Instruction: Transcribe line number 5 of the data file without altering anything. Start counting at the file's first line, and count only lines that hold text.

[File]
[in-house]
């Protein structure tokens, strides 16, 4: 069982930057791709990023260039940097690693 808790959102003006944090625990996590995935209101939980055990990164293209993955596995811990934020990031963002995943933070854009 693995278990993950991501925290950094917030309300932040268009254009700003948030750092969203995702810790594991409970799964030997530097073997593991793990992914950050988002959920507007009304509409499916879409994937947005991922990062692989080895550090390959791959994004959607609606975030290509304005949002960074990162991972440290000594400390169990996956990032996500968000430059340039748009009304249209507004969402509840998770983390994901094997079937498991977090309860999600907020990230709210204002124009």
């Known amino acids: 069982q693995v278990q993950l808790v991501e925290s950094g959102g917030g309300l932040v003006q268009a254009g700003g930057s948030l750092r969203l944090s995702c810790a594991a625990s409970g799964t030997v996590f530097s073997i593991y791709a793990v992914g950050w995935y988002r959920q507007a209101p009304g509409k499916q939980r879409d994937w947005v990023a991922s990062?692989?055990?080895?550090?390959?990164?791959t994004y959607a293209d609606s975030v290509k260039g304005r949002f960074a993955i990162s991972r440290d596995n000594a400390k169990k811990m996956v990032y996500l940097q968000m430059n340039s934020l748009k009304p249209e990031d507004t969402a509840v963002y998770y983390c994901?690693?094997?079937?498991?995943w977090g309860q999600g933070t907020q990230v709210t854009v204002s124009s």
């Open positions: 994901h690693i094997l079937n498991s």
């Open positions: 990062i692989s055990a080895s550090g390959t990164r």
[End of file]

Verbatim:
């Open positions: 990062i692989s055990a080895s550090g390959t990164r």